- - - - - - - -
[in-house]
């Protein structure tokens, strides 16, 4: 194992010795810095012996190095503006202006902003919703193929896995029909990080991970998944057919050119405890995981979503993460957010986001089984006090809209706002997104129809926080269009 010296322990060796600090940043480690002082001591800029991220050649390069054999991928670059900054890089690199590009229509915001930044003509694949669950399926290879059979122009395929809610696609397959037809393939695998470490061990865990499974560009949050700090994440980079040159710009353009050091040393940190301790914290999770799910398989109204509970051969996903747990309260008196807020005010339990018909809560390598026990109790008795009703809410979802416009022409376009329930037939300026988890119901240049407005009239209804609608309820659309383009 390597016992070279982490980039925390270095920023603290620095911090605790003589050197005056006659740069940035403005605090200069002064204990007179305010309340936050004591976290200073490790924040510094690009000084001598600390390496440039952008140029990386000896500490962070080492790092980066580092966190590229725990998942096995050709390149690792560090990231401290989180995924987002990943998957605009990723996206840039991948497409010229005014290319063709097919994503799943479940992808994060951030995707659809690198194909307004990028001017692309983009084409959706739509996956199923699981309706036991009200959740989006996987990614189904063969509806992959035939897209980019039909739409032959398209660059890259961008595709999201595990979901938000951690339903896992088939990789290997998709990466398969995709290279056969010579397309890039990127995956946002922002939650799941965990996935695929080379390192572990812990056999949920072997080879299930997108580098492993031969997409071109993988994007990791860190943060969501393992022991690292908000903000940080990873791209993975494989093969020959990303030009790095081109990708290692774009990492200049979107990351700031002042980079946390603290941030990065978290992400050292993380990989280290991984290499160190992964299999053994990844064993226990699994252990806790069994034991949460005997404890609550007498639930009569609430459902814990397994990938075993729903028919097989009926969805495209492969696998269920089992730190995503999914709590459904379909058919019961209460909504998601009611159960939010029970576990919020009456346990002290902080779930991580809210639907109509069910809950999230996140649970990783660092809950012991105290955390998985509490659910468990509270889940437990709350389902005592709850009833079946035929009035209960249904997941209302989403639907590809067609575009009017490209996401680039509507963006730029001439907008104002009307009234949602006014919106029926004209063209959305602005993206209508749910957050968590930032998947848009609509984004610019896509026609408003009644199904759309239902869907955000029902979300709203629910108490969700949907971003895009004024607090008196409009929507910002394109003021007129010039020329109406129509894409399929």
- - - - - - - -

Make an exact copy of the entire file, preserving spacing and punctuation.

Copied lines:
[in-house]
């Protein structure tokens, strides 16, 4: 194992010795810095012996190095503006202006902003919703193929896995029909990080991970998944057919050119405890995981979503993460957010986001089984006090809209706002997104129809926080269009 010296322990060796600090940043480690002082001591800029991220050649390069054999991928670059900054890089690199590009229509915001930044003509694949669950399926290879059979122009395929809610696609397959037809393939695998470490061990865990499974560009949050700090994440980079040159710009353009050091040393940190301790914290999770799910398989109204509970051969996903747990309260008196807020005010339990018909809560390598026990109790008795009703809410979802416009022409376009329930037939300026988890119901240049407005009239209804609608309820659309383009 390597016992070279982490980039925390270095920023603290620095911090605790003589050197005056006659740069940035403005605090200069002064204990007179305010309340936050004591976290200073490790924040510094690009000084001598600390390496440039952008140029990386000896500490962070080492790092980066580092966190590229725990998942096995050709390149690792560090990231401290989180995924987002990943998957605009990723996206840039991948497409010229005014290319063709097919994503799943479940992808994060951030995707659809690198194909307004990028001017692309983009084409959706739509996956199923699981309706036991009200959740989006996987990614189904063969509806992959035939897209980019039909739409032959398209660059890259961008595709999201595990979901938000951690339903896992088939990789290997998709990466398969995709290279056969010579397309890039990127995956946002922002939650799941965990996935695929080379390192572990812990056999949920072997080879299930997108580098492993031969997409071109993988994007990791860190943060969501393992022991690292908000903000940080990873791209993975494989093969020959990303030009790095081109990708290692774009990492200049979107990351700031002042980079946390603290941030990065978290992400050292993380990989280290991984290499160190992964299999053994990844064993226990699994252990806790069994034991949460005997404890609550007498639930009569609430459902814990397994990938075993729903028919097989009926969805495209492969696998269920089992730190995503999914709590459904379909058919019961209460909504998601009611159960939010029970576990919020009456346990002290902080779930991580809210639907109509069910809950999230996140649970990783660092809950012991105290955390998985509490659910468990509270889940437990709350389902005592709850009833079946035929009035209960249904997941209302989403639907590809067609575009009017490209996401680039509507963006730029001439907008104002009307009234949602006014919106029926004209063209959305602005993206209508749910957050968590930032998947848009609509984004610019896509026609408003009644199904759309239902869907955000029902979300709203629910108490969700949907971003895009004024607090008196409009929507910002394109003021007129010039020329109406129509894409399929």